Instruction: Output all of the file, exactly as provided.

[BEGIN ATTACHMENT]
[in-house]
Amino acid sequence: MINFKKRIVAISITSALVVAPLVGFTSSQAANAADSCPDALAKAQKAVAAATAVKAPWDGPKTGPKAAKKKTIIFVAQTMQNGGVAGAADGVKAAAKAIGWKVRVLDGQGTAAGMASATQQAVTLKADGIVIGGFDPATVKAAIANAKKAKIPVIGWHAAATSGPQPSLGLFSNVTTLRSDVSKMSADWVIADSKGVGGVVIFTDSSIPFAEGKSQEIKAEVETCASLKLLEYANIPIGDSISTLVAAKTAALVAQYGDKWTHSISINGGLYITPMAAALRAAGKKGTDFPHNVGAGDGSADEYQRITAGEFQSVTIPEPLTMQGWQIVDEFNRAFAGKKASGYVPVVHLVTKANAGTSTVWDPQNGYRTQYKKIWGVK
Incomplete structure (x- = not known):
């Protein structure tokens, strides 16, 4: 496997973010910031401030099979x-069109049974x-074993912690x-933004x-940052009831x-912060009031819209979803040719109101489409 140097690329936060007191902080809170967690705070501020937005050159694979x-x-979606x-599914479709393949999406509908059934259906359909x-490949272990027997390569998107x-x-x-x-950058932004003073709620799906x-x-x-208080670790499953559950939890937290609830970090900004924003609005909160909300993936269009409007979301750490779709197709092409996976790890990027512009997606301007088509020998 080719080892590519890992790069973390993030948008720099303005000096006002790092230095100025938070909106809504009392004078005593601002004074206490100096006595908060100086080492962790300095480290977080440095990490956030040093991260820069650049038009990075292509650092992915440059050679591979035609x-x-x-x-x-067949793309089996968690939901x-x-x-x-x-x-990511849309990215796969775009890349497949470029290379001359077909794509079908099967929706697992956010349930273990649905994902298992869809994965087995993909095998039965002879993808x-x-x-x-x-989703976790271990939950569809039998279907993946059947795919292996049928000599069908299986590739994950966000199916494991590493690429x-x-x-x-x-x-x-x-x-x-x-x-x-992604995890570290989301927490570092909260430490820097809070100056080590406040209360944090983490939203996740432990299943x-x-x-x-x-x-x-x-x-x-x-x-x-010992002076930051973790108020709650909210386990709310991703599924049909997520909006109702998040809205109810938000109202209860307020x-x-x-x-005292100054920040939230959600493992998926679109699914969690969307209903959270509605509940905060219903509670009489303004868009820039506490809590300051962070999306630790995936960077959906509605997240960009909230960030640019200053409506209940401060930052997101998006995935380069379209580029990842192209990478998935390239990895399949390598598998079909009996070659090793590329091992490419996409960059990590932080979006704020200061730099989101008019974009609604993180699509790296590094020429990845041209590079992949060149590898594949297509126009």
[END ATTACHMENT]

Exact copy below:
[in-house]
Amino acid sequence: MINFKKRIVAISITSALVVAPLVGFTSSQAANAADSCPDALAKAQKAVAAATAVKAPWDGPKTGPKAAKKKTIIFVAQTMQNGGVAGAADGVKAAAKAIGWKVRVLDGQGTAAGMASATQQAVTLKADGIVIGGFDPATVKAAIANAKKAKIPVIGWHAAATSGPQPSLGLFSNVTTLRSDVSKMSADWVIADSKGVGGVVIFTDSSIPFAEGKSQEIKAEVETCASLKLLEYANIPIGDSISTLVAAKTAALVAQYGDKWTHSISINGGLYITPMAAALRAAGKKGTDFPHNVGAGDGSADEYQRITAGEFQSVTIPEPLTMQGWQIVDEFNRAFAGKKASGYVPVVHLVTKANAGTSTVWDPQNGYRTQYKKIWGVK
Incomplete structure (x- = not known):
């Protein structure tokens, strides 16, 4: 496997973010910031401030099979x-069109049974x-074993912690x-933004x-940052009831x-912060009031819209979803040719109101489409 140097690329936060007191902080809170967690705070501020937005050159694979x-x-979606x-599914479709393949999406509908059934259906359909x-490949272990027997390569998107x-x-x-x-950058932004003073709620799906x-x-x-208080670790499953559950939890937290609830970090900004924003609005909160909300993936269009409007979301750490779709197709092409996976790890990027512009997606301007088509020998 080719080892590519890992790069973390993030948008720099303005000096006002790092230095100025938070909106809504009392004078005593601002004074206490100096006595908060100086080492962790300095480290977080440095990490956030040093991260820069650049038009990075292509650092992915440059050679591979035609x-x-x-x-x-067949793309089996968690939901x-x-x-x-x-x-990511849309990215796969775009890349497949470029290379001359077909794509079908099967929706697992956010349930273990649905994902298992869809994965087995993909095998039965002879993808x-x-x-x-x-989703976790271990939950569809039998279907993946059947795919292996049928000599069908299986590739994950966000199916494991590493690429x-x-x-x-x-x-x-x-x-x-x-x-x-992604995890570290989301927490570092909260430490820097809070100056080590406040209360944090983490939203996740432990299943x-x-x-x-x-x-x-x-x-x-x-x-x-010992002076930051973790108020709650909210386990709310991703599924049909997520909006109702998040809205109810938000109202209860307020x-x-x-x-005292100054920040939230959600493992998926679109699914969690969307209903959270509605509940905060219903509670009489303004868009820039506490809590300051962070999306630790995936960077959906509605997240960009909230960030640019200053409506209940401060930052997101998006995935380069379209580029990842192209990478998935390239990895399949390598598998079909009996070659090793590329091992490419996409960059990590932080979006704020200061730099989101008019974009609604993180699509790296590094020429990845041209590079992949060149590898594949297509126009």